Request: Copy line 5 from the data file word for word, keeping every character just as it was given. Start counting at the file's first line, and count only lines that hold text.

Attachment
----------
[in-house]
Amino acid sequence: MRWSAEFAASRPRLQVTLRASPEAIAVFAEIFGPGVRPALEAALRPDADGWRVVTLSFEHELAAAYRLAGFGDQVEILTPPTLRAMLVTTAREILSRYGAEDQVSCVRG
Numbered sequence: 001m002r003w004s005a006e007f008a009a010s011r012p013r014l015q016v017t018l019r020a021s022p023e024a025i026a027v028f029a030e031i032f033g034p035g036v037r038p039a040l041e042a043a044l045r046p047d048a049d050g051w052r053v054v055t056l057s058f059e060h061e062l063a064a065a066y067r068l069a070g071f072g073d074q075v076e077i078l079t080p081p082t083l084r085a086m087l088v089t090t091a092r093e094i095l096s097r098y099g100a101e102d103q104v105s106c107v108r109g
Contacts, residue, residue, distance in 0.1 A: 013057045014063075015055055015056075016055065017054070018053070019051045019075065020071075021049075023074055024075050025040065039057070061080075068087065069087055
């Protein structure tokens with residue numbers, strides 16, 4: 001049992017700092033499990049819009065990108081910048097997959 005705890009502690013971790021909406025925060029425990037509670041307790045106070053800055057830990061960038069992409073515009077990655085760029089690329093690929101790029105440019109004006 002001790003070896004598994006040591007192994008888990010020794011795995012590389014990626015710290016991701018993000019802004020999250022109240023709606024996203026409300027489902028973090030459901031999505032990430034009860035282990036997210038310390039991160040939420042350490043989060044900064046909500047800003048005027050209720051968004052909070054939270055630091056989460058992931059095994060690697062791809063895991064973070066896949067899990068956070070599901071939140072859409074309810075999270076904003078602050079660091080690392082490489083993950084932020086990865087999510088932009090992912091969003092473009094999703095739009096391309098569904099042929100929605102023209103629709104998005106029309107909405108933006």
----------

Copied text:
């Protein structure tokens with residue numbers, strides 16, 4: 001049992017700092033499990049819009065990108081910048097997959 005705890009502690013971790021909406025925060029425990037509670041307790045106070053800055057830990061960038069992409073515009077990655085760029089690329093690929101790029105440019109004006 002001790003070896004598994006040591007192994008888990010020794011795995012590389014990626015710290016991701018993000019802004020999250022109240023709606024996203026409300027489902028973090030459901031999505032990430034009860035282990036997210038310390039991160040939420042350490043989060044900064046909500047800003048005027050209720051968004052909070054939270055630091056989460058992931059095994060690697062791809063895991064973070066896949067899990068956070070599901071939140072859409074309810075999270076904003078602050079660091080690392082490489083993950084932020086990865087999510088932009090992912091969003092473009094999703095739009096391309098569904099042929100929605102023209103629709104998005106029309107909405108933006």